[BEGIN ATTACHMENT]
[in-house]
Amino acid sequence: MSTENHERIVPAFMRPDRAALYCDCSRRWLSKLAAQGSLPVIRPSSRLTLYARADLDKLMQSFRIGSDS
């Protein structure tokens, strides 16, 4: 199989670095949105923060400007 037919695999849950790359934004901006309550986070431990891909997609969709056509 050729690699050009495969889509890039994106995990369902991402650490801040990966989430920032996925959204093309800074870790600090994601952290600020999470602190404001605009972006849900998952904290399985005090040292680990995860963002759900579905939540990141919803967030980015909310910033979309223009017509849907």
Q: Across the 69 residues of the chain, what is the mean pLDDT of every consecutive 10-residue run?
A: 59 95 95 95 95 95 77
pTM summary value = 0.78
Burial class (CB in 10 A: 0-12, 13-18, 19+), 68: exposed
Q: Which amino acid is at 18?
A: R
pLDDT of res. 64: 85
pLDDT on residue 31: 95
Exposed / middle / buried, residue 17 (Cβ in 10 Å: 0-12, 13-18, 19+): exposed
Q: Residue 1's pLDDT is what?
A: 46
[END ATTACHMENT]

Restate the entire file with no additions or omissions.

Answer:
[in-house]
Amino acid sequence: MSTENHERIVPAFMRPDRAALYCDCSRRWLSKLAAQGSLPVIRPSSRLTLYARADLDKLMQSFRIGSDS
């Protein structure tokens, strides 16, 4: 199989670095949105923060400007 037919695999849950790359934004901006309550986070431990891909997609969709056509 050729690699050009495969889509890039994106995990369902991402650490801040990966989430920032996925959204093309800074870790600090994601952290600020999470602190404001605009972006849900998952904290399985005090040292680990995860963002759900579905939540990141919803967030980015909310910033979309223009017509849907």
Q: Across the 69 residues of the chain, what is the mean pLDDT of every consecutive 10-residue run?
A: 59 95 95 95 95 95 77
pTM summary value = 0.78
Burial class (CB in 10 A: 0-12, 13-18, 19+), 68: exposed
Q: Which amino acid is at 18?
A: R
pLDDT of res. 64: 85
pLDDT on residue 31: 95
Exposed / middle / buried, residue 17 (Cβ in 10 Å: 0-12, 13-18, 19+): exposed
Q: Residue 1's pLDDT is what?
A: 46